Back in 1995, a little packet of laminated cardboard diagrams fell through my letterbox. Dave Hewitt, editor of The Angry Corrie, wanted me to write a review of these items. Which I did—it appeared in TAC25, Nov ’95-Jan ’96.

They were called ViewFinder Panoramas, they’d been created by Jonathan de Ferranti, and in my opinion they were things of exquisite, minimalist beauty. Each laminated strip showed the view from the summit of some named hill, colour-coded and annotated to allow the easy identification of other hills. They had been produced from Ordnance Survey Digital Elevation Models, rendered so as to depict the curvature of the Earth and the effects of atmospheric refraction, and then carefully annotated with the names and distances of individual peaks. On occasion, magnified sections were inset to provide additional detail. And features near the horizon were subtly stretched vertically so as to bring out the detail without giving the impression of distortion.

Here’s a comparison of the view eastwards from the summit of Ben Hope, compared to the corresponding ViewFinder diagram:

View of Ben Loyal from Ben Hope
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Ben Loyal view from Ben Hope ViewFinder
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From the colour-coded distances, to the sector indicator at bottom left, to the bearings along the top of frame, it was a beautifully designed product. ViewFinders retailed for £1, or £1.50 for the larger, more complex products. You could order a bespoke view from the summit of your favourite hill for £16. Nowadays the entire catalogue is freely available on-line, covering worldwide views.

In 1999, Jonathan de Ferranti and I wrote an article together for the Scottish Mountaineering Club Journal, investigating whether it was possible to see any part of the Cuillin ridge in Skye from the Cairngorm plateau.* In this, we used Jonathan’s ViewFinder technology to revisit a question first raised by Guy Barlow in the same journal in 1956.Barlow had constructed a wood and paper model, and concluded that Sgurr a’Ghreadaidh, on the Cuillin ridge, would be visible from the summit of Cairn Toul in the Cairngorms, because of a fortuitous sightline down the length of Glen Shiel. Jonathan produced a rendering of the same view and discovered that, although Barlow had the alignments exactly correct, he had neglected to allow for the position of Bla Bheinn, which sits east of the main Cuillin ridge, and which neatly blocked the view of Sgurr a’Ghreadaidh. The glimpse of Bla Bheinn, 90 miles away, was minute, occupying more or less a single pixel of the ViewFinder panorama, and in reality would need a telescope, strong refraction and perfect seeing conditions to appreciate. (In the scan below, Bla Bheinn takes its Anglicized spelling, Blaven.)

ViewFinder view of Blaven from Cairn Toul

All of this is a roundabout introduction to Fabio Soldati’s excellent PeakFinder app, which is the natural successor to ViewFinder—indeed Jonathan de Ferranti is credited with providing some of the Digital Elevation Model data used by PeakFinder. With the huge leaps in processing speed and storage capacity that have occurred during the last two decades, it’s now possible to perform the necessary rendering tasks on the fly, producing annotated panoramas of pretty much anywhere in the world, on demand. Apps are available for Android and Apple phones at a cost of a few pounds, and there’s also a rather lovely on-line version. Here’s the view from Ben Hope again, compared with PeakFinder‘s on-line rendered view, and the version displayed by my rather primitive Android phone.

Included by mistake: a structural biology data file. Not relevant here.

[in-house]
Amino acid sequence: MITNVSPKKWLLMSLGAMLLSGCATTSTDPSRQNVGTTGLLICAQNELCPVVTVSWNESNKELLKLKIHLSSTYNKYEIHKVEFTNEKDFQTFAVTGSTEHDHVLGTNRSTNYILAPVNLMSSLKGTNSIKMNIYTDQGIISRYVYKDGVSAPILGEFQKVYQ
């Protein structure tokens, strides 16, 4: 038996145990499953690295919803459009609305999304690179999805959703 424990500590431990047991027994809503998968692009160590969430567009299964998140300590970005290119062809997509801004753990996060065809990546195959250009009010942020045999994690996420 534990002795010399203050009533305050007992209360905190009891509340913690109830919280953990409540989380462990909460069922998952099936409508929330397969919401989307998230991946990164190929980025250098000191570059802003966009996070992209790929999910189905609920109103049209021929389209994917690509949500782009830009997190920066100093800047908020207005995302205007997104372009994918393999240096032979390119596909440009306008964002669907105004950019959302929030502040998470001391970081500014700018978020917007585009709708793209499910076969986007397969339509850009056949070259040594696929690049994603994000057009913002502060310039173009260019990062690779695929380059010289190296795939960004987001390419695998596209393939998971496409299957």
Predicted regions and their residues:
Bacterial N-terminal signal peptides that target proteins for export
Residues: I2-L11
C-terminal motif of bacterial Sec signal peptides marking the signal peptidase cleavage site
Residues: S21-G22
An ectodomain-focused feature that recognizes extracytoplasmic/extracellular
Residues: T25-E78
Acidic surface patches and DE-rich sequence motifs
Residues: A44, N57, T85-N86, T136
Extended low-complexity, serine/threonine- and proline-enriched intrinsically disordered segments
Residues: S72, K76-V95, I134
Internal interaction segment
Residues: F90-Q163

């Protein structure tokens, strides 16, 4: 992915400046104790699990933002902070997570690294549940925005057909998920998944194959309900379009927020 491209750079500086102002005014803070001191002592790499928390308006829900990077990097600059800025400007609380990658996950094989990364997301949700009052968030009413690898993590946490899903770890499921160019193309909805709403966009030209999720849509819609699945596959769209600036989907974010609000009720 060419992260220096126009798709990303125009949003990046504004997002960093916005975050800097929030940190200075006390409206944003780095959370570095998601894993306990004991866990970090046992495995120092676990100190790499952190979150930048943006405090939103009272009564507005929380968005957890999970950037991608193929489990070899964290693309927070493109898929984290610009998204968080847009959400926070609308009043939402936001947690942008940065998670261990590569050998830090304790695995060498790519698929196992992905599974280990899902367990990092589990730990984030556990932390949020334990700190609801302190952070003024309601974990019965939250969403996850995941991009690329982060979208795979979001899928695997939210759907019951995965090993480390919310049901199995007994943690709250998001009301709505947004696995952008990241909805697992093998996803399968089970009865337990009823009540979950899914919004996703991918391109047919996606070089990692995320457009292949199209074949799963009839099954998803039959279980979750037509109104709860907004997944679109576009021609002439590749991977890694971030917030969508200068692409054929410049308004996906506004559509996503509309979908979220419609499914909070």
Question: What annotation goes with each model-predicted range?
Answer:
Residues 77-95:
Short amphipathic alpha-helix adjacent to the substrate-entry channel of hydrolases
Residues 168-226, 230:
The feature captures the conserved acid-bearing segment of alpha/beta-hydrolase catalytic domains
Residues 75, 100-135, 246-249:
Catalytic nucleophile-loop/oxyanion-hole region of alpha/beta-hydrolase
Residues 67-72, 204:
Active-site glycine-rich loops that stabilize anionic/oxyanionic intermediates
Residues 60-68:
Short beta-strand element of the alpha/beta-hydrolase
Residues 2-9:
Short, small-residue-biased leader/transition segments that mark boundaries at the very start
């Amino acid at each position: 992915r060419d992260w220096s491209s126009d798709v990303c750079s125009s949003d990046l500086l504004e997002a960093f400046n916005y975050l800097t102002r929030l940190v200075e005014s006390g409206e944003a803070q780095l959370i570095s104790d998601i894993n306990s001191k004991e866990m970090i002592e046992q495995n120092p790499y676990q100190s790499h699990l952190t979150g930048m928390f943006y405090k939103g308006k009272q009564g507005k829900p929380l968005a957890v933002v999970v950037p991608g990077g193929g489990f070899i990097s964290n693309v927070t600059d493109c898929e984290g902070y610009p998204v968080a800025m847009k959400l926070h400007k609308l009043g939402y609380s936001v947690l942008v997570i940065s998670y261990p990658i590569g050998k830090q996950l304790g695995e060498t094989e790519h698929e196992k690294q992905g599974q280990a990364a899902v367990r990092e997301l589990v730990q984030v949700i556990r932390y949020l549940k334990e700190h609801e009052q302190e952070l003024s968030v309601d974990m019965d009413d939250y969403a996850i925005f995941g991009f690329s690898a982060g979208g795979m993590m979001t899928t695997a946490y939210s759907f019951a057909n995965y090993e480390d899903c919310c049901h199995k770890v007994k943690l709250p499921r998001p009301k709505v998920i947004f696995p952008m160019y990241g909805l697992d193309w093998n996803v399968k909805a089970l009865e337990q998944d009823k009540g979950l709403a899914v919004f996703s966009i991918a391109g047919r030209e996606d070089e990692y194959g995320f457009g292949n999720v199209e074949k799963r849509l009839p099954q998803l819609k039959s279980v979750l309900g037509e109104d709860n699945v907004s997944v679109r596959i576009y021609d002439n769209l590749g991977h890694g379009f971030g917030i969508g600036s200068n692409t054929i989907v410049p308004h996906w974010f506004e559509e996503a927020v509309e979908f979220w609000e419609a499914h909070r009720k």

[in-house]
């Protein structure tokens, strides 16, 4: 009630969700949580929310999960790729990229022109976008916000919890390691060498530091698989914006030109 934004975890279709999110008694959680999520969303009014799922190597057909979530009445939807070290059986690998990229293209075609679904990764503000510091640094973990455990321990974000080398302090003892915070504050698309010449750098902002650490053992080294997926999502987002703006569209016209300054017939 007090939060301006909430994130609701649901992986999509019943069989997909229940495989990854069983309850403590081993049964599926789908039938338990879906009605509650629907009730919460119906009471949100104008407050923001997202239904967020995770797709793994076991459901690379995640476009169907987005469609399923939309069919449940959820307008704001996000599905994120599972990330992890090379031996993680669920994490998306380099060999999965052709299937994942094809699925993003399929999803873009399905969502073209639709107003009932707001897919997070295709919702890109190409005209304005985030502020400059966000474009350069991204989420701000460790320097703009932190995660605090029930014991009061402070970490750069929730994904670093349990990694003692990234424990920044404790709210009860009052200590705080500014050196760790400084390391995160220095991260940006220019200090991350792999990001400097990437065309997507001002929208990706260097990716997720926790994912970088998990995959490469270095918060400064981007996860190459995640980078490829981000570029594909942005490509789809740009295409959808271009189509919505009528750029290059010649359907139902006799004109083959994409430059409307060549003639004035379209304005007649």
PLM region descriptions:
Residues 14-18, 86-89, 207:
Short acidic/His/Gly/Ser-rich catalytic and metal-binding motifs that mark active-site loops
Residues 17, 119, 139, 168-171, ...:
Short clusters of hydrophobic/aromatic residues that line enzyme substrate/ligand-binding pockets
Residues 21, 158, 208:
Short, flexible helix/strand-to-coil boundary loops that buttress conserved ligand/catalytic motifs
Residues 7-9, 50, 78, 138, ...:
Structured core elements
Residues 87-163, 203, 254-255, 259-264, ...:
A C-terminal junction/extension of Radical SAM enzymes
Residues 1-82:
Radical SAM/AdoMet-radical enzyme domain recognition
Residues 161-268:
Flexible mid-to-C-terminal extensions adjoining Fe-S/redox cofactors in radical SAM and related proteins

View of Ben Loyal from Ben Hope
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On-line PeakFinder view from Ben Hope
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Android PeakFinder view from Ben Hope
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The on-line version provides shading, shows lochs and coastlines, and offers a few other bells and whistles, but the more basic rendering on my phone is beautifully clear. And having this software as a phone app produces multiple benefits. It can use the phone’s GPS to generate an annotated panorama for your current location, wherever that might be. And the app keeps its database locally, so it will work without a phone signal, provided you have already made the appropriate download. One quick 20MB download covers the whole of the UK, and you can add or delete additional areas as required, with most of the world available in handy chunks of data. If you have a smarter phone than I have, the app will use the phone’s orientation data to overlay its labels on the real view seen by your phone’s camera. This not only lets you easily figure out what you’re look at, but allows you to keep and share an annotated photograph. (Details on that one here.)

Apart from using your phone’s current location, you can select a different location by choosing from PeakFinder‘s extensive names database, tapping on Google Maps (you need a data connection for that), or by entering latitude and longitude coordinates.